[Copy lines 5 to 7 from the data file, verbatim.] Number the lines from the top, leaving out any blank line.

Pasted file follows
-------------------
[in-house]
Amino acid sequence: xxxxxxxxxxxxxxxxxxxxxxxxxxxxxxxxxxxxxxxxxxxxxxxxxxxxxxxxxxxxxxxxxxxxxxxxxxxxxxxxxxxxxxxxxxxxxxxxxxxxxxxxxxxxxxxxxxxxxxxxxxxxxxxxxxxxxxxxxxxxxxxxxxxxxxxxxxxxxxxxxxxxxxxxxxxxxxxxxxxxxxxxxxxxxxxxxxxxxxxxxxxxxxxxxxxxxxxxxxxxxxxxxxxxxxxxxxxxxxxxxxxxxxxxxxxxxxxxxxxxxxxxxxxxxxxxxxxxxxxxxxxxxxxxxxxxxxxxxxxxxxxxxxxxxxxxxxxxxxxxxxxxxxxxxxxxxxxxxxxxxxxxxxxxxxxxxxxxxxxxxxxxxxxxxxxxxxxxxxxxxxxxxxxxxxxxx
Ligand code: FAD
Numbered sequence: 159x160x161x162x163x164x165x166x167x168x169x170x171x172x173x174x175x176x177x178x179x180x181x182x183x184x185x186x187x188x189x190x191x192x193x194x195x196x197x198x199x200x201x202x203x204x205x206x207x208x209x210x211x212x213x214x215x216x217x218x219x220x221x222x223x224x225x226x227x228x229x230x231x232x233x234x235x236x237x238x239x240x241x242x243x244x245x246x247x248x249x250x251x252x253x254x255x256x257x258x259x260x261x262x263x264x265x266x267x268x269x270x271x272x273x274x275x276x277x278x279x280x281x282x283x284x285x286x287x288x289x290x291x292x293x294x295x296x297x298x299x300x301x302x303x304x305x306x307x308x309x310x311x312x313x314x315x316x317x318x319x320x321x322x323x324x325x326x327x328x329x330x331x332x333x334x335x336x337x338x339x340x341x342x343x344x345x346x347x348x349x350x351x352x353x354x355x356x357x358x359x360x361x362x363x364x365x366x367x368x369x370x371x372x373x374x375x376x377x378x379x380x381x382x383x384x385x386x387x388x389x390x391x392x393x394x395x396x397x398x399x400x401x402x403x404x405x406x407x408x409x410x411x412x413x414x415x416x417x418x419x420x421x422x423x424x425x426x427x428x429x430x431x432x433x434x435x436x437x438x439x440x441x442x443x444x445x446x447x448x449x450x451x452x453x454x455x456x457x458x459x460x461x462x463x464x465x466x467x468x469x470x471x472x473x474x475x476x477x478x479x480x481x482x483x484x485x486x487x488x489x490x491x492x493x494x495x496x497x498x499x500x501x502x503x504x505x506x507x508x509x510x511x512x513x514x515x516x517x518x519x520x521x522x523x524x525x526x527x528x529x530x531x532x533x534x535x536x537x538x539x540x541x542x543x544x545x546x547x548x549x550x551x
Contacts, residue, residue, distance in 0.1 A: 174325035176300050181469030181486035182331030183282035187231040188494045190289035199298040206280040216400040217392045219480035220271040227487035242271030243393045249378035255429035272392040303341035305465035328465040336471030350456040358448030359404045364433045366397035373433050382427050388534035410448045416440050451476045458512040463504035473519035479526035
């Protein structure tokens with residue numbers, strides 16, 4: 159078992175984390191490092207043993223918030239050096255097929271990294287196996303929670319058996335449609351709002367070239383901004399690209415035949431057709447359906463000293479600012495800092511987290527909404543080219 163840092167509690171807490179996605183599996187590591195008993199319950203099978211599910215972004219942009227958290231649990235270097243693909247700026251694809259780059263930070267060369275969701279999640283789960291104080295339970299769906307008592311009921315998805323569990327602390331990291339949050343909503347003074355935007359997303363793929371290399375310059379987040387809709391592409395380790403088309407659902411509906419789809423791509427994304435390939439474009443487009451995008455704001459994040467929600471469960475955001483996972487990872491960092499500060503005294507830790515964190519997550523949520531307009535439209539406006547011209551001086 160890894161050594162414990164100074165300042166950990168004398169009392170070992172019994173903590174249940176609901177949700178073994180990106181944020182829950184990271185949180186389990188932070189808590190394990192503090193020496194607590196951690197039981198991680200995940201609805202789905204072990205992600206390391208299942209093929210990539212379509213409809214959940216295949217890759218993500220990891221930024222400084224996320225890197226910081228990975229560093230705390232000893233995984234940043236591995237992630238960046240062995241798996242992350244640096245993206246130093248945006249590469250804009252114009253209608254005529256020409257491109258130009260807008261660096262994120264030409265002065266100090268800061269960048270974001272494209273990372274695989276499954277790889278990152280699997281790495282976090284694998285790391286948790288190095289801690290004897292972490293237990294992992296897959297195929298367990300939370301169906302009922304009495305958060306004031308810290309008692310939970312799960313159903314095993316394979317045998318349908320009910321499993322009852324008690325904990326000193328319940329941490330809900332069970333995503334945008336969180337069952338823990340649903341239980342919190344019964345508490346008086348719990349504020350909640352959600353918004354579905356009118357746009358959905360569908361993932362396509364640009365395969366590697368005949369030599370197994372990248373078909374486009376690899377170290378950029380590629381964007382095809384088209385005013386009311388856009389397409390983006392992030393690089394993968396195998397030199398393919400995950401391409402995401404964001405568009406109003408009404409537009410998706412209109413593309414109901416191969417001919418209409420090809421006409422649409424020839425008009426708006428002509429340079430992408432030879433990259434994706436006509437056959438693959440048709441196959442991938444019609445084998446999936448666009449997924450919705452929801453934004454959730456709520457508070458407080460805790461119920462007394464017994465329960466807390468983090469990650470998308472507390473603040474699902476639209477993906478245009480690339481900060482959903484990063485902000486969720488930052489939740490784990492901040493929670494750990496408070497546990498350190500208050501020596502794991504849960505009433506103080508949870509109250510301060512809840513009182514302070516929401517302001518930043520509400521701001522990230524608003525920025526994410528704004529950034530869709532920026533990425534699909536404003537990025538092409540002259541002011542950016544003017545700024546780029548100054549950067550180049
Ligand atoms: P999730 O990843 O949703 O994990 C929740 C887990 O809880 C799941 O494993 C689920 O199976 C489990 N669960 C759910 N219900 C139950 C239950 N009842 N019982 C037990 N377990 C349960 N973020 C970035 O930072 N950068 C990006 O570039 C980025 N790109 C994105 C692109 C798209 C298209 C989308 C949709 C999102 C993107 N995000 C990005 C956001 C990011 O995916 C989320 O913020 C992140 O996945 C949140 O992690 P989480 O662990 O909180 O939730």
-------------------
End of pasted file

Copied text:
Contacts, residue, residue, distance in 0.1 A: 174325035176300050181469030181486035182331030183282035187231040188494045190289035199298040206280040216400040217392045219480035220271040227487035242271030243393045249378035255429035272392040303341035305465035328465040336471030350456040358448030359404045364433045366397035373433050382427050388534035410448045416440050451476045458512040463504035473519035479526035
């Protein structure tokens with residue numbers, strides 16, 4: 159078992175984390191490092207043993223918030239050096255097929271990294287196996303929670319058996335449609351709002367070239383901004399690209415035949431057709447359906463000293479600012495800092511987290527909404543080219 163840092167509690171807490179996605183599996187590591195008993199319950203099978211599910215972004219942009227958290231649990235270097243693909247700026251694809259780059263930070267060369275969701279999640283789960291104080295339970299769906307008592311009921315998805323569990327602390331990291339949050343909503347003074355935007359997303363793929371290399375310059379987040387809709391592409395380790403088309407659902411509906419789809423791509427994304435390939439474009443487009451995008455704001459994040467929600471469960475955001483996972487990872491960092499500060503005294507830790515964190519997550523949520531307009535439209539406006547011209551001086 160890894161050594162414990164100074165300042166950990168004398169009392170070992172019994173903590174249940176609901177949700178073994180990106181944020182829950184990271185949180186389990188932070189808590190394990192503090193020496194607590196951690197039981198991680200995940201609805202789905204072990205992600206390391208299942209093929210990539212379509213409809214959940216295949217890759218993500220990891221930024222400084224996320225890197226910081228990975229560093230705390232000893233995984234940043236591995237992630238960046240062995241798996242992350244640096245993206246130093248945006249590469250804009252114009253209608254005529256020409257491109258130009260807008261660096262994120264030409265002065266100090268800061269960048270974001272494209273990372274695989276499954277790889278990152280699997281790495282976090284694998285790391286948790288190095289801690290004897292972490293237990294992992296897959297195929298367990300939370301169906302009922304009495305958060306004031308810290309008692310939970312799960313159903314095993316394979317045998318349908320009910321499993322009852324008690325904990326000193328319940329941490330809900332069970333995503334945008336969180337069952338823990340649903341239980342919190344019964345508490346008086348719990349504020350909640352959600353918004354579905356009118357746009358959905360569908361993932362396509364640009365395969366590697368005949369030599370197994372990248373078909374486009376690899377170290378950029380590629381964007382095809384088209385005013386009311388856009389397409390983006392992030393690089394993968396195998397030199398393919400995950401391409402995401404964001405568009406109003408009404409537009410998706412209109413593309414109901416191969417001919418209409420090809421006409422649409424020839425008009426708006428002509429340079430992408432030879433990259434994706436006509437056959438693959440048709441196959442991938444019609445084998446999936448666009449997924450919705452929801453934004454959730456709520457508070458407080460805790461119920462007394464017994465329960466807390468983090469990650470998308472507390473603040474699902476639209477993906478245009480690339481900060482959903484990063485902000486969720488930052489939740490784990492901040493929670494750990496408070497546990498350190500208050501020596502794991504849960505009433506103080508949870509109250510301060512809840513009182514302070516929401517302001518930043520509400521701001522990230524608003525920025526994410528704004529950034530869709532920026533990425534699909536404003537990025538092409540002259541002011542950016544003017545700024546780029548100054549950067550180049
Ligand atoms: P999730 O990843 O949703 O994990 C929740 C887990 O809880 C799941 O494993 C689920 O199976 C489990 N669960 C759910 N219900 C139950 C239950 N009842 N019982 C037990 N377990 C349960 N973020 C970035 O930072 N950068 C990006 O570039 C980025 N790109 C994105 C692109 C798209 C298209 C989308 C949709 C999102 C993107 N995000 C990005 C956001 C990011 O995916 C989320 O913020 C992140 O996945 C949140 O992690 P989480 O662990 O909180 O939730």